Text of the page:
Jarred Connections: Considering the garbage-disposal systems is located under the kitchen sink, and since the area under the kitchen sink is a common place for storing all sorts of things, it is fairly common for the unit to get bumped.If it gets hit hard enough, the unit can actually shift so that it is no longer sitting straight. Pipes can also get knocked around, causing the seals to lose effectiveness.
GE, which is an acronym for General Electric, is an international conglomerate whose headquarters are based in New York City, New York. The company operates in many different segments, ranging from home appliances to transportation. In terms of gross revenue, GE is the sixth largest company firm in the United States. GE garbage disposals have won praise for their powerful motors and overall durability.
Knowing the difference between what can go down the disposal and what should go into the trash can save you an emergency call to the plumber. This is especially pertinent during the holidays when the kitchen is filled with people and the sink with dirty dishes. Practice these three everyday maintenance tips to help you maximize the lifespan of your garbage disposal.
A: A leaking garbage disposal often goes unnoticed until you confront a sopping cabinet, a foul-smelling puddle, or an audible drip-drip-drip from the unit. The fix can be frustrating, too, because the leak can stem from a number of components in the system. Fortunately, with a little sleuthing, you can zero in on the leak and—depending on the exact location—stop the icky oozing and repair the component that caused it. Worst case scenario, if it turns out that the garbage disposal must be replaced, installing a new one is a reasonable do-it-yourself task for those with basic plumbing skills. Read on to keep the cash you’d otherwise hand over to a pro.
We have an annoying habit of letting the sink fill with dishes (I know *I* surely don't contribute to such, so it must be everyone else). Occasionally, the disposal backs up if you don't run it, so the sink begins to fill with water. When that happens, you can't see if there is any flatware in the bottom of the sink to get sucked down and chewed up. By sitting down in the drain, the Disposal Genie keeps that from happening, while letting you still run most of your scraps into the disposal.

I believe if you always run your water first, turn on disposer, then discard food waste down disposer, you will get more longevity from your disposer and less likely have drain stoppage problems. It's also a good practice to run plenty of water (maybe even cleanser) after using the disposer to rinse out the small chamber between the blades and drain pipe. I've found that some disposer stoppages are caused by this chamber being clogged which also causes it to rust and deteriorate prematurely.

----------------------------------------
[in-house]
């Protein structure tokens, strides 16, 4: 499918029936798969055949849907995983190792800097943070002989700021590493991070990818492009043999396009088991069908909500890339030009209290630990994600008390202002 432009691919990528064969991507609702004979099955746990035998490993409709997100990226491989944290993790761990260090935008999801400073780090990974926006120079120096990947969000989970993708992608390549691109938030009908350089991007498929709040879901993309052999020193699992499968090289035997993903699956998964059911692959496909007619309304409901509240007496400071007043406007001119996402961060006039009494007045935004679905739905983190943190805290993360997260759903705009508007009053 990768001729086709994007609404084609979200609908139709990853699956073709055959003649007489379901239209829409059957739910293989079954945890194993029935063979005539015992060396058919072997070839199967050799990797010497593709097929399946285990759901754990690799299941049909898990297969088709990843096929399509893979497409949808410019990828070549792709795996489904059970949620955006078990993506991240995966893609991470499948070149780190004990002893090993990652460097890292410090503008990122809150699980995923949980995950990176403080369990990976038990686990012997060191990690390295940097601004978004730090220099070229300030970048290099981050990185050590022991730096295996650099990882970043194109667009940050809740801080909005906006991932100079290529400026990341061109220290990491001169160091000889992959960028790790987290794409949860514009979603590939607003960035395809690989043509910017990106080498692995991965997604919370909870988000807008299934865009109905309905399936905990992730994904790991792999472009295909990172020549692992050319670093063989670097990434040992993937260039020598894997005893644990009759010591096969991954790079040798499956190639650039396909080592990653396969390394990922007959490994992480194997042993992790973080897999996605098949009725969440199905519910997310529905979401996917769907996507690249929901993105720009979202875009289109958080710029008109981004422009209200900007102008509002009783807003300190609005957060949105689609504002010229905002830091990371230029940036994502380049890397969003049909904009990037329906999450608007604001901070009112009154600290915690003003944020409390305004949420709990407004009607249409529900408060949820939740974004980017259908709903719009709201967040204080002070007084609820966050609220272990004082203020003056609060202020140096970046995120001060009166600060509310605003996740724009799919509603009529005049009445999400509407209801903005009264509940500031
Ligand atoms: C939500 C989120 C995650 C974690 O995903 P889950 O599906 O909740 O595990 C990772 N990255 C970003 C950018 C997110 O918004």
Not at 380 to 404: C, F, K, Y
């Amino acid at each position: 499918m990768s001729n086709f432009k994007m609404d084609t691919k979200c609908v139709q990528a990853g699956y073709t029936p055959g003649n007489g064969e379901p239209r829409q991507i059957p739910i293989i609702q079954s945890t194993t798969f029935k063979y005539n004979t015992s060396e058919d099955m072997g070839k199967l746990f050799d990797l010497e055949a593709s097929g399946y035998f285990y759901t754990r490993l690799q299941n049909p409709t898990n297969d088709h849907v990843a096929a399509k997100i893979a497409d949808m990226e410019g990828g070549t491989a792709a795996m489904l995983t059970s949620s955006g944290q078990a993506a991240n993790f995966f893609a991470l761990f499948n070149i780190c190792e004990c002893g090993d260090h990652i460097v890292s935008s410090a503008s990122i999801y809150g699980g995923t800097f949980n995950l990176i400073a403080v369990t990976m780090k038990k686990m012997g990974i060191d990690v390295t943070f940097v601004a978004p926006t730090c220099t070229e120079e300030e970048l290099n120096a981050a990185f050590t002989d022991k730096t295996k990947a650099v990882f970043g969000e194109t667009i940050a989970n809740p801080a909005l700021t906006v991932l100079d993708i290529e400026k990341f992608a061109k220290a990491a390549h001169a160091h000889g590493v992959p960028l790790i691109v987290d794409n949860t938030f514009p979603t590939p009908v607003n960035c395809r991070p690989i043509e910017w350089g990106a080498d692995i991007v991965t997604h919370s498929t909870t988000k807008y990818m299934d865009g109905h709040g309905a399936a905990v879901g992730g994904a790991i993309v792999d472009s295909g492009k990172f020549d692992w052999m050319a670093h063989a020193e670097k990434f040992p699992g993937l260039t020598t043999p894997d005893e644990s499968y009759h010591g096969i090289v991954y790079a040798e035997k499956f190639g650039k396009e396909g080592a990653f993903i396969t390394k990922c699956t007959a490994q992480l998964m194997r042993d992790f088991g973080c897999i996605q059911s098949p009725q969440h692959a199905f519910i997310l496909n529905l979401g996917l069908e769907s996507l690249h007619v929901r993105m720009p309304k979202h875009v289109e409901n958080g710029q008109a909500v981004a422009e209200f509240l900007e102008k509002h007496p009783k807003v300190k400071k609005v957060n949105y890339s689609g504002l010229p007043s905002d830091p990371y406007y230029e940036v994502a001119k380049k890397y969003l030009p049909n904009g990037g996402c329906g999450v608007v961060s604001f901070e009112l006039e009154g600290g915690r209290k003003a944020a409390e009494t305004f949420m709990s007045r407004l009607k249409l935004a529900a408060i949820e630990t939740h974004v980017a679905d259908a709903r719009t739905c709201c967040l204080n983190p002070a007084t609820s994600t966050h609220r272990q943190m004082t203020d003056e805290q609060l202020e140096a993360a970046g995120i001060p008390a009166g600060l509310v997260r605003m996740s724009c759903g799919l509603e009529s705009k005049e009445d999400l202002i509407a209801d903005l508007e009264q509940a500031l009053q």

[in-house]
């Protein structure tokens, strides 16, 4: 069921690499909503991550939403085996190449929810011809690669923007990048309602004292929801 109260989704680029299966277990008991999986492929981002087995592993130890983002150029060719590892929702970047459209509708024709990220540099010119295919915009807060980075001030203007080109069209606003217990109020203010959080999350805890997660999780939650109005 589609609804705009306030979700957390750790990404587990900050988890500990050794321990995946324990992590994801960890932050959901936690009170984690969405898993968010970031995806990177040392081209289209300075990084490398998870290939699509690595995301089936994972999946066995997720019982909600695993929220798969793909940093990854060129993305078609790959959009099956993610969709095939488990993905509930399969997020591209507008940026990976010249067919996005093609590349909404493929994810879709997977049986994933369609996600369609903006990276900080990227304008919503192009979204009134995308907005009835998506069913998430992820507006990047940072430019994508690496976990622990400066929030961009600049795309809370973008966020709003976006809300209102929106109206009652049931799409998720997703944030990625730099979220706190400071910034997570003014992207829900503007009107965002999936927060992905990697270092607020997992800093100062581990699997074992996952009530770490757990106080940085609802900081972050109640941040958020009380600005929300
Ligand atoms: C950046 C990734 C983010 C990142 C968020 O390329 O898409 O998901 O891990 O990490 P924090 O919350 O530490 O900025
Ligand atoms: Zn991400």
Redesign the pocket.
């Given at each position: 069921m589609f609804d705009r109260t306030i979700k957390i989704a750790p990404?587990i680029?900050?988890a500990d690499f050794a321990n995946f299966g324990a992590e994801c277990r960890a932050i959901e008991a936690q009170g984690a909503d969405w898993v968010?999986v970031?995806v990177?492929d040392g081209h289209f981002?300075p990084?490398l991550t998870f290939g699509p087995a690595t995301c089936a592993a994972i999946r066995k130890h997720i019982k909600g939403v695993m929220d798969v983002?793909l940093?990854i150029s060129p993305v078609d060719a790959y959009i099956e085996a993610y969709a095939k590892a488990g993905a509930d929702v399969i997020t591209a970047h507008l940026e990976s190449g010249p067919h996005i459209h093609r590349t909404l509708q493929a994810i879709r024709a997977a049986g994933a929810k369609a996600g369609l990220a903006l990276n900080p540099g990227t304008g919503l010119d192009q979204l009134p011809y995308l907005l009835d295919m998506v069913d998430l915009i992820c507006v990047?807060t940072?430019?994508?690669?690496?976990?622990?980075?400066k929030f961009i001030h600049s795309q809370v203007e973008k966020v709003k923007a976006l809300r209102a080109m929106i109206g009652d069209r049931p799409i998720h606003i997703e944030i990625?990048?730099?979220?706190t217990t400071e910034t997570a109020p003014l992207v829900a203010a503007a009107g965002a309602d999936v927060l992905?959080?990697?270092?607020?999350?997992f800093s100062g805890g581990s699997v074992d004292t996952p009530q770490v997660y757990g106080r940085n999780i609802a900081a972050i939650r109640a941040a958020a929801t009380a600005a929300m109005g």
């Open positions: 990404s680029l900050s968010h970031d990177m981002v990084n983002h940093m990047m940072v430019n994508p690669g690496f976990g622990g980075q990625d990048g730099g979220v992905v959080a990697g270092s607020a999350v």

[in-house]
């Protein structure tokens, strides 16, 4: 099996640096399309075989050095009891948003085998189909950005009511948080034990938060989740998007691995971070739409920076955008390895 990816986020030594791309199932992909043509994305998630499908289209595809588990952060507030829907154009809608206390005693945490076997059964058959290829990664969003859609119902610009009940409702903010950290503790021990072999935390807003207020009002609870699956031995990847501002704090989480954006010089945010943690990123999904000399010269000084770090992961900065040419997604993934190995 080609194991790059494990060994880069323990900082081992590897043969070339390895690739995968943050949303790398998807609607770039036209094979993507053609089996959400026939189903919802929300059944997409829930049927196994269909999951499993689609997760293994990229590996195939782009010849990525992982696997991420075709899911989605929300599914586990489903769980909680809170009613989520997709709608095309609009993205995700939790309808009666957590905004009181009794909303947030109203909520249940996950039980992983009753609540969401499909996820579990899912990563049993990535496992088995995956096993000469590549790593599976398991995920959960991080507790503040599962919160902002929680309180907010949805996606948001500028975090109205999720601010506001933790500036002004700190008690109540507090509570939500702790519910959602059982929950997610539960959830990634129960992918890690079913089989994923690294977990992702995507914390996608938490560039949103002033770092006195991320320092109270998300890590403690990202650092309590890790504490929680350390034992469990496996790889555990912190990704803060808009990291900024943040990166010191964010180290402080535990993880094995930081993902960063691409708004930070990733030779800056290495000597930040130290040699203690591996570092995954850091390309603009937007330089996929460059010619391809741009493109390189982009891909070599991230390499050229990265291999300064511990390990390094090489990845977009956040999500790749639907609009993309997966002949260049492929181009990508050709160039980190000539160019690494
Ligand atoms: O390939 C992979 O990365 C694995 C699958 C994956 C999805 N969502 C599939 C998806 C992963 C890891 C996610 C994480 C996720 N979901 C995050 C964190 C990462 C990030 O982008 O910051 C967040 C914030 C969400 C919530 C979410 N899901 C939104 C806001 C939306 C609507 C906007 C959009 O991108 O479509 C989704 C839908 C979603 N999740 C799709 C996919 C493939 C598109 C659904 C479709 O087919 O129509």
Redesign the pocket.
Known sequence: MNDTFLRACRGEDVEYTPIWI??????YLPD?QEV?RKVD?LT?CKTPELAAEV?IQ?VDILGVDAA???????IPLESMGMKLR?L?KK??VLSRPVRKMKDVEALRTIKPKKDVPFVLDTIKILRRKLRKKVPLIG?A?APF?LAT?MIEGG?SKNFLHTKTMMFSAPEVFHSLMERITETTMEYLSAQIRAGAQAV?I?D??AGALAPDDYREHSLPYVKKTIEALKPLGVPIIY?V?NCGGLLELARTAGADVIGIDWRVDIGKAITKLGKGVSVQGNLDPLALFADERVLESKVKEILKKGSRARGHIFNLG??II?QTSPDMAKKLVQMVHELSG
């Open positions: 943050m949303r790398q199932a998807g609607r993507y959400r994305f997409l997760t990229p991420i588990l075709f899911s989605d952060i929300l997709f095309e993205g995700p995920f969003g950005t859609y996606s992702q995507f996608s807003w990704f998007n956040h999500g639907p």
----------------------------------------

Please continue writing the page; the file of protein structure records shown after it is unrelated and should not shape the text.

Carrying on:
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If your garbage disposal is not running, first check to see if it is plugged in and receiving power. If so then check to see whether it will turn freely with your service wrench. Most disposers are sent with a self service wrench. The wrench is silver and should be located on or near your garbage disposal. (Check under your sink!) If it will not turn freely using the wrench, the disposal is most likely jammed. Check to see if the reset button has popped out.
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Update: As an aside, I also learned from my research that the best way to clean my disposal is to use citric acid. Having previously had no idea what citric acid was used for, I decided to order some from Amazon, going with the brand my sister uses: Citric Acid Powder - Ultra Fine Pure Powdered Crystals - Natural Preservative Food Grade Quality (16 oz) and gave it a whirl after 3 months of using my disposal. I let the citric acid sit with some water in the disposal for about ten minutes, and then I let it run for a solid 2 minutes. I repeated the procedure a few times and after about 30 minutes—wow, all the leftover gunk and food was flushed out of the disposal, leaving it clean with a very mild citrus scent. I feel like I’m becoming a real DIY at home kind of guy.
If not, unplug the disposal from its electrical outlet and test the outlet with another appliance, such as a hair dryer. If it is hardwired to an electrical box or it doesn’t work, go to the circuit breaker panel and reset the circuit breaker that serves the disposal (often the same circuit used by the dishwasher) by turning it all of the way off and then back on.
The mounting bracket for your new garbage disposer assembles by inserting the fiber gasket, back-up flange and mounting ring over the sink flange, in that order. Be sure to hold these three pieces in place while you insert the snap ring over the flange. It’s called a snap ring because you’ll hear it snap in place. Then firmly tighten the three mounting screws against the backup flange, being careful to tighten them evenly.
If your garbage disposal just won’t turn at all, then it’s very likely that the disposal has lost power. Your unit may have blown a circuit, or it could be unplugged. First, check the plug for your garbage disposal to ensure that it’s secure. Next, locate the reset button on the underside of the unit, and push it. If neither of these things fixes the problem, look inside your electrical panel for signs of a tripped circuit.

Garbage Disposal Repair or Replacement

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